Re: {Collins} (no subject)



AMEN Dennis..  Knowledge is power.  Many folks that "reform" are doing it
way wrong.

Bill

-----Original Message-----
From: Collins [mailto:collins-bounces+wcarns=austin.rr.com@xxxxxxxxxxxxx] On
Behalf Of Dennis Monticelli via Collins
Sent: Thursday, October 26, 2017 3:28 PM
To: Glen Zook <gzook@xxxxxxxxx>
Cc: collins <collins@xxxxxxxxxxxxx>
Subject: Re: {Collins} (no subject)

You can generally tell if the quality of the reformed oxide is decent by
observing the reforming process.  The slower the regrowth the denser and
higher quality of oxide gets created.  I usually limit regrowth rates to
only a mA or so, start with a low voltage and watch the current meter.  You
will notice that the regrowth is not uniform.  It will surge for a while and
then drop off, surge again, and then drop off as the pinholes in the old
oxide are filled (old depleted aluminum oxide is very irregular).
After complete reforming the current draw should be fairly low.  50uA is
outstanding, but up to 500uA is OK at rated voltage. I am speaking of
typical value old HV caps like a 40uF.  At this point, the current draw
should be steady.  You are now at an equilibrium of oxide tear-down vs
replacement.  This is normal.  It's how an electrolytic cap works.  If the
equilibrium current is still jumpy or the value of the current high (like a
mA or more), you have a reformed cap that probably won't hold up well.

For classic equipment I usually attempt a patient reformation first.  My
equipment is not fancy: A Heathkit IT-11 and an external current meter (my
Simpson VOM).

Just my two cents worth.

Dennis AE6C

On Thu, Oct 26, 2017 at 1:09 PM, Glen Zook via Collins <
collins@xxxxxxxxxxxxx> wrote:

> My experiences are that "reforming" a capacitor is only postponing the 
> replacement and for how long, nobody knows.  Most "reformed"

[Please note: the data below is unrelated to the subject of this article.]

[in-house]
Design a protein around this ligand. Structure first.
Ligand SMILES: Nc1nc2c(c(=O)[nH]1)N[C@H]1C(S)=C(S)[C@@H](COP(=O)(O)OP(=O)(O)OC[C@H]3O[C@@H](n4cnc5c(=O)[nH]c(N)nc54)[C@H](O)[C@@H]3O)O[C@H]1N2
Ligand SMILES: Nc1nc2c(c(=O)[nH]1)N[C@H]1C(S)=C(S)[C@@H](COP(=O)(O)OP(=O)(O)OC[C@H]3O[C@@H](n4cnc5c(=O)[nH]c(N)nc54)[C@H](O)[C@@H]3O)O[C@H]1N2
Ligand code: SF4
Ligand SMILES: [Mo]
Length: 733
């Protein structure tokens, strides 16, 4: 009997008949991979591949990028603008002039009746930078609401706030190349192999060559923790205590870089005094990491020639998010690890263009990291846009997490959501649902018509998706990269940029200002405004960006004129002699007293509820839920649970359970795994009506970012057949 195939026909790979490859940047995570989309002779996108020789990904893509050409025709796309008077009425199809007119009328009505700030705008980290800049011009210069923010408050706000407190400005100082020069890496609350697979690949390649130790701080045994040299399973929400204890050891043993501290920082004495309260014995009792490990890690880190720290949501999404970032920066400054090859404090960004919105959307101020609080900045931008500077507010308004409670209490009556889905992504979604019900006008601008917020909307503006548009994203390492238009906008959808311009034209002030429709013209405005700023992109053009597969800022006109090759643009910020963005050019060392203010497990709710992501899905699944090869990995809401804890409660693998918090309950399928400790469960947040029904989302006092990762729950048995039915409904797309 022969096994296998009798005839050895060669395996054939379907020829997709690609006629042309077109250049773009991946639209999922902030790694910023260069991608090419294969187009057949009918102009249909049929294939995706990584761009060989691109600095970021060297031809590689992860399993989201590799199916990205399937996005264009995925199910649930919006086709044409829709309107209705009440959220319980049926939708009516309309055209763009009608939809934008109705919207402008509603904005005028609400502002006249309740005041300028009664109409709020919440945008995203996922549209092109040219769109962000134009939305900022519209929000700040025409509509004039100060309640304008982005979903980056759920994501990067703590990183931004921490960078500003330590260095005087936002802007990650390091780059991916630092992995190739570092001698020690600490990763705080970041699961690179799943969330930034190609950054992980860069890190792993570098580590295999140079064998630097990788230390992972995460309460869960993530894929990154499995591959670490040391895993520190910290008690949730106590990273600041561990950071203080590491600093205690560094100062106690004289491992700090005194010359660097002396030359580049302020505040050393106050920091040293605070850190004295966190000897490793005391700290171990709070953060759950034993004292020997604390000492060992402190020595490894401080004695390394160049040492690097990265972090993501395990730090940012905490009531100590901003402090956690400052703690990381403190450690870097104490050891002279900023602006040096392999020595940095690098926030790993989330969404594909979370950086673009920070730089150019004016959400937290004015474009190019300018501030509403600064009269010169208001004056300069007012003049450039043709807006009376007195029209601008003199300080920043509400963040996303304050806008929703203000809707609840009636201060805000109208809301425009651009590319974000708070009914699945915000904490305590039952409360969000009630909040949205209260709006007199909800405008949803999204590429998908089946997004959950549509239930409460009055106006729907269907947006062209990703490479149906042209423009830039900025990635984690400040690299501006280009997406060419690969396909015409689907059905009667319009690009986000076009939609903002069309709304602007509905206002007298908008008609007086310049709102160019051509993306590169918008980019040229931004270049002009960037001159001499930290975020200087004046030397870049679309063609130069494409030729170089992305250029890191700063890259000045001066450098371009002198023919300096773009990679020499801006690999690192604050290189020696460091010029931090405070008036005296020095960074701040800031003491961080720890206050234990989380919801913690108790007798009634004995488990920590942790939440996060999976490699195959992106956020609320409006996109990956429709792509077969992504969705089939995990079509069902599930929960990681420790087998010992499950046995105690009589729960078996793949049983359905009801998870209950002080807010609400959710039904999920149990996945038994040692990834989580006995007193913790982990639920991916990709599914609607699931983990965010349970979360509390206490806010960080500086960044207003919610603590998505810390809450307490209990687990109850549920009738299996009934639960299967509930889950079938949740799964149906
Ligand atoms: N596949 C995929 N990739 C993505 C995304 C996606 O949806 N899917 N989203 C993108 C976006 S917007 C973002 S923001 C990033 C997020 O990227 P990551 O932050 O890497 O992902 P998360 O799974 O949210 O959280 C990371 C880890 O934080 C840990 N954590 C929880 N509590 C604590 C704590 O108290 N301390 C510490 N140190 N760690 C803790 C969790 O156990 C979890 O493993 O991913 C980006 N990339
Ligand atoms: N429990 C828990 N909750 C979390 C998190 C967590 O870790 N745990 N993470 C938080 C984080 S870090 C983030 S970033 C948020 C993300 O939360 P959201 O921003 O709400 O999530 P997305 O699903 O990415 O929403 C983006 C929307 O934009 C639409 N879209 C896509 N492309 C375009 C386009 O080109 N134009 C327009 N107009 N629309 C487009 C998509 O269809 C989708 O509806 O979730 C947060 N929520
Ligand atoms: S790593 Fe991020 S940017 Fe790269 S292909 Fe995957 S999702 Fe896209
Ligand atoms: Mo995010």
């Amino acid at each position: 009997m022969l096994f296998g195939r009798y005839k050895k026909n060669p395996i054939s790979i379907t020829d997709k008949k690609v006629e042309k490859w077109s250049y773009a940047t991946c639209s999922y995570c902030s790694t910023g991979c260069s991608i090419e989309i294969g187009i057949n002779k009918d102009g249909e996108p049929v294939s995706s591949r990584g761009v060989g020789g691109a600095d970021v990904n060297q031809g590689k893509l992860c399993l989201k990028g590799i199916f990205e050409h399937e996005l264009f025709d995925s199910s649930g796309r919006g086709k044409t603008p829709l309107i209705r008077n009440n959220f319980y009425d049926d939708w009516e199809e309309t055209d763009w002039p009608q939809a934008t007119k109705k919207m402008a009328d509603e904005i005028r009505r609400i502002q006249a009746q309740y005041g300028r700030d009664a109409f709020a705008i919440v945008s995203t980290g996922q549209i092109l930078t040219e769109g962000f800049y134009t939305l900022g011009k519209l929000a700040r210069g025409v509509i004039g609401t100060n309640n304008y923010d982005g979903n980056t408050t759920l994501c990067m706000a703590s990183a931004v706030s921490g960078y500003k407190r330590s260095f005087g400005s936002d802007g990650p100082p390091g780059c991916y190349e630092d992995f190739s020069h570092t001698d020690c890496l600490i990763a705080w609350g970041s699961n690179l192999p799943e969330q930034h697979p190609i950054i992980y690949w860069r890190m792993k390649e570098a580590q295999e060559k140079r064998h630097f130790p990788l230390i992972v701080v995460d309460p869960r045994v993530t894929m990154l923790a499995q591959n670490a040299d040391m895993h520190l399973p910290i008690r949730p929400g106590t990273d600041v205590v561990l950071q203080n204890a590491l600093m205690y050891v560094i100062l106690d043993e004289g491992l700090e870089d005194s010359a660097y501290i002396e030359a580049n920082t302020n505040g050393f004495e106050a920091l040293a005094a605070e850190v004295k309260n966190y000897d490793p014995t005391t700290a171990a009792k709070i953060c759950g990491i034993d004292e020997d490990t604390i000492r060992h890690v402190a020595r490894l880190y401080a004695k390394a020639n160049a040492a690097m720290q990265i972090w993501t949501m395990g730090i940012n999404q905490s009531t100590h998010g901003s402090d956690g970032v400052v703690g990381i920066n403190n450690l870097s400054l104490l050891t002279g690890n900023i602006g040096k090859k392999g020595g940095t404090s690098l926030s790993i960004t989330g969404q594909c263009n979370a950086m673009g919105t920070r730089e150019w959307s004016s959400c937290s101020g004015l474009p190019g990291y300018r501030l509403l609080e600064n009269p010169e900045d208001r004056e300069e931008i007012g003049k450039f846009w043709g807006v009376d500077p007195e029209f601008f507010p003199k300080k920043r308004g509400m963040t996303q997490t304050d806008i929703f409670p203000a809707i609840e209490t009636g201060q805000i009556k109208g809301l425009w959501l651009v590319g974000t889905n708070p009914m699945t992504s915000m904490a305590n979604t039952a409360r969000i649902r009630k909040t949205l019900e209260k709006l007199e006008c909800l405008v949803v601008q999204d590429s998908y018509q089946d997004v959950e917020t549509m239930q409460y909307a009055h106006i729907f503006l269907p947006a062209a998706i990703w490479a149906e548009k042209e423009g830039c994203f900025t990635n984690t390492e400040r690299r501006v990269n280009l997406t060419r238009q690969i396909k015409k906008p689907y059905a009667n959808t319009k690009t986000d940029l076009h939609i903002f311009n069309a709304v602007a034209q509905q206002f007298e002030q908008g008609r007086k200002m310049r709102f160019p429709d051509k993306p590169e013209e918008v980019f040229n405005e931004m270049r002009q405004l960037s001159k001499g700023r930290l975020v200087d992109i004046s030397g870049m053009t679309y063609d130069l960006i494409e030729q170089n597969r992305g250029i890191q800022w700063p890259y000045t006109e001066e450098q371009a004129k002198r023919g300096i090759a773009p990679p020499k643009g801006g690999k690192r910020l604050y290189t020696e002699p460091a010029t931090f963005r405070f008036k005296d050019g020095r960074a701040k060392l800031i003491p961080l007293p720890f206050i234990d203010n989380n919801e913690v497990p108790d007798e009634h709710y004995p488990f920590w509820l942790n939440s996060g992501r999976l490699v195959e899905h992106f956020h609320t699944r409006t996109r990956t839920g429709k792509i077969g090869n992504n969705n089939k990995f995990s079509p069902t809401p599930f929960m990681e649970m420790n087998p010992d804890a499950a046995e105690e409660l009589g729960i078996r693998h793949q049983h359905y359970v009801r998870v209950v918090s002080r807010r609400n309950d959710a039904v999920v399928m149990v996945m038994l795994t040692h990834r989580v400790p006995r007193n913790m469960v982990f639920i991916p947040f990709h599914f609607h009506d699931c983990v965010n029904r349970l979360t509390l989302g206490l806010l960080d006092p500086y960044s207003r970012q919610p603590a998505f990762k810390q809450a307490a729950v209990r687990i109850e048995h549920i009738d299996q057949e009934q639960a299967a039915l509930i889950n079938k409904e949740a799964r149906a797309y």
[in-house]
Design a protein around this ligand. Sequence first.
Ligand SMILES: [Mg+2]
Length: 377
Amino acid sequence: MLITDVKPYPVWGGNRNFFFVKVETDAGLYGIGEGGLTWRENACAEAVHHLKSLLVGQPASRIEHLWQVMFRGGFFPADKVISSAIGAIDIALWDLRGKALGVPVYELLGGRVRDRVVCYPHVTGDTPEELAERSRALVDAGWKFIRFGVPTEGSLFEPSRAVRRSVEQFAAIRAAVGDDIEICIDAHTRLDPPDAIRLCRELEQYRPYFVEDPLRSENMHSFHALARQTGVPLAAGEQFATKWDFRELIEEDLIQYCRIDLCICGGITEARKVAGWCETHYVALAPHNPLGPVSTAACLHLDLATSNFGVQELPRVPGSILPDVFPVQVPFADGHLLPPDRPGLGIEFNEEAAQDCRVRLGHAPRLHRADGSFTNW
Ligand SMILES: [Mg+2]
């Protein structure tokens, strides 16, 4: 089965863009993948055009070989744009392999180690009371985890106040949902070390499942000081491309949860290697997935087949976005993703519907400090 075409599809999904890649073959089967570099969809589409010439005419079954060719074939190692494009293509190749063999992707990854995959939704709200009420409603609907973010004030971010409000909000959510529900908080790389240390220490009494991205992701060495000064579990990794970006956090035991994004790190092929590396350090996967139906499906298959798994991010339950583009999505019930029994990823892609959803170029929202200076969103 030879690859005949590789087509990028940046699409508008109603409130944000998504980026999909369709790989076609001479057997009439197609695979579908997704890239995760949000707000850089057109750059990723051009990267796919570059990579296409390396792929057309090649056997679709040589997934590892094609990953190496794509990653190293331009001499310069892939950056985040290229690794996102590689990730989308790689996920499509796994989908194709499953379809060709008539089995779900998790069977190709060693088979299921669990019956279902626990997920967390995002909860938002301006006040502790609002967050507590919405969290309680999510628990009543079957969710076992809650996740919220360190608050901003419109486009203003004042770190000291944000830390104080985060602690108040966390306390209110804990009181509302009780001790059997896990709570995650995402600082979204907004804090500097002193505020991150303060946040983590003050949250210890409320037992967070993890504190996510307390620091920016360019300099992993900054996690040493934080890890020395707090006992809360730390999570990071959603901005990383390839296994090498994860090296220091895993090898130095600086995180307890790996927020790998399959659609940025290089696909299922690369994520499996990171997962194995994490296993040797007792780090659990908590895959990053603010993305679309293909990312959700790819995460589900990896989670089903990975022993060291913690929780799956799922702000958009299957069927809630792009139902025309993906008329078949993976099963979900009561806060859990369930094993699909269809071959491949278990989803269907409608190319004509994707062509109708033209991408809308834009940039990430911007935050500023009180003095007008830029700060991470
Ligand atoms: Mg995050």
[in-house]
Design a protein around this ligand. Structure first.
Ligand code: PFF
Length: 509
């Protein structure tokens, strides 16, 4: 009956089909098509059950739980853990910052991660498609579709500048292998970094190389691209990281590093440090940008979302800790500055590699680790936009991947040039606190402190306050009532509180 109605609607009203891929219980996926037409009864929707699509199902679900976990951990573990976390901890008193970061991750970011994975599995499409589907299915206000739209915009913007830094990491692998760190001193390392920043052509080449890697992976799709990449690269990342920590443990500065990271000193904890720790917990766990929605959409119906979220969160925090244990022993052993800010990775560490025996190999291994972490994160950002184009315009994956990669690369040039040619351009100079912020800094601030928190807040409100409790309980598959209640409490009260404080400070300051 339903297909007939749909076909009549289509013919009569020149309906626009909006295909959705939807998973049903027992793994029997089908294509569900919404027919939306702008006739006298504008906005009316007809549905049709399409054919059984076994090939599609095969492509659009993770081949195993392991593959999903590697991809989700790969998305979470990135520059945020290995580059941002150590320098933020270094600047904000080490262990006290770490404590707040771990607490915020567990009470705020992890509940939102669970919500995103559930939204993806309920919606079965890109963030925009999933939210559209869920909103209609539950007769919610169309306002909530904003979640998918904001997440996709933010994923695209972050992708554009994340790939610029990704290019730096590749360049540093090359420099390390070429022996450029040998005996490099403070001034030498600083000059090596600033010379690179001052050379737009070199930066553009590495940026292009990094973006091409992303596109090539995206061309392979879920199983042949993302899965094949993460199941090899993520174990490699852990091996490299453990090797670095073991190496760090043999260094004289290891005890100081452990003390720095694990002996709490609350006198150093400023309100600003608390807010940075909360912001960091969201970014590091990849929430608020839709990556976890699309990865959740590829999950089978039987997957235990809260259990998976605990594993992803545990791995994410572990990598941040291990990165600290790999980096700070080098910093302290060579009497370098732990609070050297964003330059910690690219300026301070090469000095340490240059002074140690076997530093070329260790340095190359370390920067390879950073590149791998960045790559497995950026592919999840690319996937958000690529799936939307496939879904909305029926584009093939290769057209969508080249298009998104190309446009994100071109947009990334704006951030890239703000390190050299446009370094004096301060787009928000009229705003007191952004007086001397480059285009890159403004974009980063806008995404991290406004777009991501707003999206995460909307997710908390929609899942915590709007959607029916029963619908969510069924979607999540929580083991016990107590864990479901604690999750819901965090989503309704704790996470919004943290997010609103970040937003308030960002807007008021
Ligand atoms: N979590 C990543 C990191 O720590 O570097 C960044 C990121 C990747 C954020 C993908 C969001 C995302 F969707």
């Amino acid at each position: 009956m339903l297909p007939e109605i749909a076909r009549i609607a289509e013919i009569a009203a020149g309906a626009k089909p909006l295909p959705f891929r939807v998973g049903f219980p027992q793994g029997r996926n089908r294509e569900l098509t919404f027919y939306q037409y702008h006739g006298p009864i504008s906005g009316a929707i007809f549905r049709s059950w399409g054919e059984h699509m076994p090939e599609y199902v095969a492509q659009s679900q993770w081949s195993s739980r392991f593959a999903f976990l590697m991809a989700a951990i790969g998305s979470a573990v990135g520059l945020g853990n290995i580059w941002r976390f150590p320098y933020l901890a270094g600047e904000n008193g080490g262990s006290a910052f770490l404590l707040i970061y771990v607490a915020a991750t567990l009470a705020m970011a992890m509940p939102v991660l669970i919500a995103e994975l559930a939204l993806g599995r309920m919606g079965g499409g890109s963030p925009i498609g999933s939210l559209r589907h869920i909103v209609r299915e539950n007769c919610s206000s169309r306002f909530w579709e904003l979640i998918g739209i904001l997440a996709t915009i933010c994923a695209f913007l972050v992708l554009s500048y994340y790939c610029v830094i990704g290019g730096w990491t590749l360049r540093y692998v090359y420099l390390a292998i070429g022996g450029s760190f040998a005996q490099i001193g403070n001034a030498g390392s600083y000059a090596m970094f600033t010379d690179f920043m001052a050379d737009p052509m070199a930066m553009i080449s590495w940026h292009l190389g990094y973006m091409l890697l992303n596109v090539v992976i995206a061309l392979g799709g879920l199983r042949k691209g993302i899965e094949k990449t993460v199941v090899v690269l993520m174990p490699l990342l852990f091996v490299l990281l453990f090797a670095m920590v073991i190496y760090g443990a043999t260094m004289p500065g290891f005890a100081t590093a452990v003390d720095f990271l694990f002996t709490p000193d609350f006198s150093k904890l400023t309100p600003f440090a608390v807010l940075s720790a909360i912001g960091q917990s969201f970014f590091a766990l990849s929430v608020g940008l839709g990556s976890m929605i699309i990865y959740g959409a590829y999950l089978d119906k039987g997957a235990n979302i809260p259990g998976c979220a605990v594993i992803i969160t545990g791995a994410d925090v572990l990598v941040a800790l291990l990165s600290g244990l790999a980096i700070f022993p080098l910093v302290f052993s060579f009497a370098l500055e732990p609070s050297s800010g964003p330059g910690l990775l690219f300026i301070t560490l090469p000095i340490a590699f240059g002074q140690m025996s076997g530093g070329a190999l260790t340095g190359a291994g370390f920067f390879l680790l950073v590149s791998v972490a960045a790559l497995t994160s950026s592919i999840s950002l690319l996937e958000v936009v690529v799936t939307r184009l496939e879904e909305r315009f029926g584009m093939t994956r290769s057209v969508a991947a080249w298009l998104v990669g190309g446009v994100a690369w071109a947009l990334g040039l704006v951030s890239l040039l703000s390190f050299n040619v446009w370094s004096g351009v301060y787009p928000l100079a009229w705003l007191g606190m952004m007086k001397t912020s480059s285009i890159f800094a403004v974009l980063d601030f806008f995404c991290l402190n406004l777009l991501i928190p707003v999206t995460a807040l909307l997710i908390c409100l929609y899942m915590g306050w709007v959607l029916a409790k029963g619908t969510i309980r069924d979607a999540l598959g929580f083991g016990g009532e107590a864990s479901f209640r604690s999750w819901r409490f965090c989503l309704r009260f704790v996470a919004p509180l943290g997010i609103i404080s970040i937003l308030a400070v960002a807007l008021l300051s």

> capacitors do not last all that long and when they do "give up the 
> ghost" the result is not pretty.  Often, when the capacitor goes bad, 
> it "takes out" a lot more components with it and the chances are that 
> replacing those components is going to be a lot more added expense 
> than replacing the capacitor in the first place.  Basically, pay me a
little now or pay met a LOT more later!
>
>
> Replacement electrolytic capacitors are not expensive when purchased 
> from suppliers such as Mouser.
>
>  Glen, K9STH
> Website: http://k9sth.net
>
>       From: Jim Warner via Collins <collins@xxxxxxxxxxxxx>
>  To: W2HX <w2hx@xxxxxxxx>; 'collins' <collins@xxxxxxxxxxxxx>
>  Sent: Thursday, October 26, 2017 9:55 AM
>  Subject: Re: {Collins} (no subject)
>
> On 10/25/2017 10:23 PM, W2HX via Collins wrote:
> "you bring up the resulting B+ until you see capacitor leakage"
>
> Yes. This is the point where I power down the unit under test, note 
> the capacitor working values and form factor, assess cosmetic impact, 
> then determine whether to replace or repack the original housing with 
> a modern and reliable equivalent.
> I've had terrible luck "reforming" capacitors. Win the battle, but 
> inevitably wind up losing the war.
>
>
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